In a recent comment on this blog, Jennifer ruminated on the idea of learning an orchestral instrument.
My first reaction is the obvious one: It's never too late to start!
But the toughest row to hoe for an adult learning a new instrument is this: You know how good it can sound in the best of hands. Learning an instrument with this knowledge is what makes it so difficult.
As a kid, you don't care, because you don't know! During a recent visit to my parent's home in Oakland, a neighbor, Howard Jackson, recalled listening to me practice my french horn during my formative years. (In my parent's home, the front door opens to an atrium, where I often practiced when the noise of five brothers and sisters was overwhelming.) Mr. Jackson went on to say, "yeah...one day my wife said to me, 'I remember hearing Edward play his horn, and then, after a few years, he started sounding good.'"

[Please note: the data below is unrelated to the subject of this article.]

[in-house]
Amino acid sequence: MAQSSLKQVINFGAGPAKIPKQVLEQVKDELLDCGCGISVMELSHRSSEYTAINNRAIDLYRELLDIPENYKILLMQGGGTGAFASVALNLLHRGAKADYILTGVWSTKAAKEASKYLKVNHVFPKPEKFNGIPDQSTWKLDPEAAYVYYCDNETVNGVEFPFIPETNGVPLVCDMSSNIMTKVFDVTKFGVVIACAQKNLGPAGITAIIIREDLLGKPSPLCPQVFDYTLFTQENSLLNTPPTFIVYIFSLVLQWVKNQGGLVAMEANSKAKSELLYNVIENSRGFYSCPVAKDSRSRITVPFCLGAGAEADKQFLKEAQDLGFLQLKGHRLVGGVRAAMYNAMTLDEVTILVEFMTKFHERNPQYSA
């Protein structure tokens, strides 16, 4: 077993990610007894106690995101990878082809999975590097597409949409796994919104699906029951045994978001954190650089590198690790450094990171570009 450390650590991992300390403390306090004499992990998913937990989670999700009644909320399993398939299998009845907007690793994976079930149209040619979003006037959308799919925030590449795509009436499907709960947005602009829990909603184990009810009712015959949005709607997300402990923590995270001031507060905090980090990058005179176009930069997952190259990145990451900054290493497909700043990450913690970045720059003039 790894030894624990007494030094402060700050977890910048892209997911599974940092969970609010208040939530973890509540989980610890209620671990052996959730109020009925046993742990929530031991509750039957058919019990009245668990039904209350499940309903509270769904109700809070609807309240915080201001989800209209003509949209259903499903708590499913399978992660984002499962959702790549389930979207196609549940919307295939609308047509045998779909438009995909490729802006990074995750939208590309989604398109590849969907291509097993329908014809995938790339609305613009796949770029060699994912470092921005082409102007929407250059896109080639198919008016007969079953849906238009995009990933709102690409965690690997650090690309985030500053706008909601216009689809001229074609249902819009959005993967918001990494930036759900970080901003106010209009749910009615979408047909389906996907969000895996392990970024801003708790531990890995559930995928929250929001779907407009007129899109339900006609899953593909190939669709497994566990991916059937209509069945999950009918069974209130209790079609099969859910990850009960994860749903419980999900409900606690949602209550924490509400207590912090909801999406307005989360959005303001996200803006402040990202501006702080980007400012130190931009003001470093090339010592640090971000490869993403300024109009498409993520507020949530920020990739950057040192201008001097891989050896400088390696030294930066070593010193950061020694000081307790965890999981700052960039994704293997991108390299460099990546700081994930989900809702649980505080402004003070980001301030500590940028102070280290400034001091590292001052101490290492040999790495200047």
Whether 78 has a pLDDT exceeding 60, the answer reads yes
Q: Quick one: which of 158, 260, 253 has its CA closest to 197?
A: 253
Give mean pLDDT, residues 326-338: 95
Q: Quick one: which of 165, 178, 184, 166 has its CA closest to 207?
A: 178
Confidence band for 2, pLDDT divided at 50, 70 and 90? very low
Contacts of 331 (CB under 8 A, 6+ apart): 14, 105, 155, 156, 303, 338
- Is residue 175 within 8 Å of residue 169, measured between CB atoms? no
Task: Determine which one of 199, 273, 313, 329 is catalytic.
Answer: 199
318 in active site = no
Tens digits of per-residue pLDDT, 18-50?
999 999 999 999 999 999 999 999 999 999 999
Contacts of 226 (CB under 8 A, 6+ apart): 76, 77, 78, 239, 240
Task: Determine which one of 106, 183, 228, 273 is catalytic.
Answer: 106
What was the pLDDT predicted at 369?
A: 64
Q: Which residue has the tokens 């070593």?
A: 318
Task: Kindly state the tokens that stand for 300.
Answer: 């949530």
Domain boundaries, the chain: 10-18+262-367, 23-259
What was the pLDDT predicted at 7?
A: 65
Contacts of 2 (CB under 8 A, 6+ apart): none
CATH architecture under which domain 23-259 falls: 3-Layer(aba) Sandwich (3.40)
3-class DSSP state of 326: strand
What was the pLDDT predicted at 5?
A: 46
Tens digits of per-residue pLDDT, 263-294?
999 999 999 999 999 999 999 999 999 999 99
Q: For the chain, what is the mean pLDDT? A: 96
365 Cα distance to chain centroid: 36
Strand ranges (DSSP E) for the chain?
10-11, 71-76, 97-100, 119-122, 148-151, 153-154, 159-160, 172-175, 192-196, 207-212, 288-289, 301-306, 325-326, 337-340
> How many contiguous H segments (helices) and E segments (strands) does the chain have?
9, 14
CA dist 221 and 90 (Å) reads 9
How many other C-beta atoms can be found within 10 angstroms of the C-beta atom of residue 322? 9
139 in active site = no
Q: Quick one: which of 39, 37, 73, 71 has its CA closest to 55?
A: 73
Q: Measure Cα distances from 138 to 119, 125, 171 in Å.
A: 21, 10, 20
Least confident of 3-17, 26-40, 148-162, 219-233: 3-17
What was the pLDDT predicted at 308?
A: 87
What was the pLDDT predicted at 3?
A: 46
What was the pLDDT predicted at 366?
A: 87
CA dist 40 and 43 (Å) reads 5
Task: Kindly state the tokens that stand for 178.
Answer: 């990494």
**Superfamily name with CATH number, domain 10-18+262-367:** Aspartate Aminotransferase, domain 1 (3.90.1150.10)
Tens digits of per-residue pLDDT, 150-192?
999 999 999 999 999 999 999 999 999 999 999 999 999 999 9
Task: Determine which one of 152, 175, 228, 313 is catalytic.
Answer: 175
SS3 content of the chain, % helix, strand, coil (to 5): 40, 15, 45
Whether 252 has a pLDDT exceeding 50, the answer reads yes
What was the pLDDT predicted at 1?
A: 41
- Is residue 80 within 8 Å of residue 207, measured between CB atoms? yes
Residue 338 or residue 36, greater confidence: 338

Of course, I thought I sounded good all along! But Ms. Jackson's experience was a bit different from mine.
For an adult, the key is to go easy on yourself. If you want to learn the violin, or the oboe, or the horn, you will need tremendous patience.
But the best place to start is with the piano. Here you have a veritable orchestra; every sound, melodic fragment, magical harmony and percussive thrust, right at your fingertips.
And with the piano, you won't ever have to worry about playing in tune.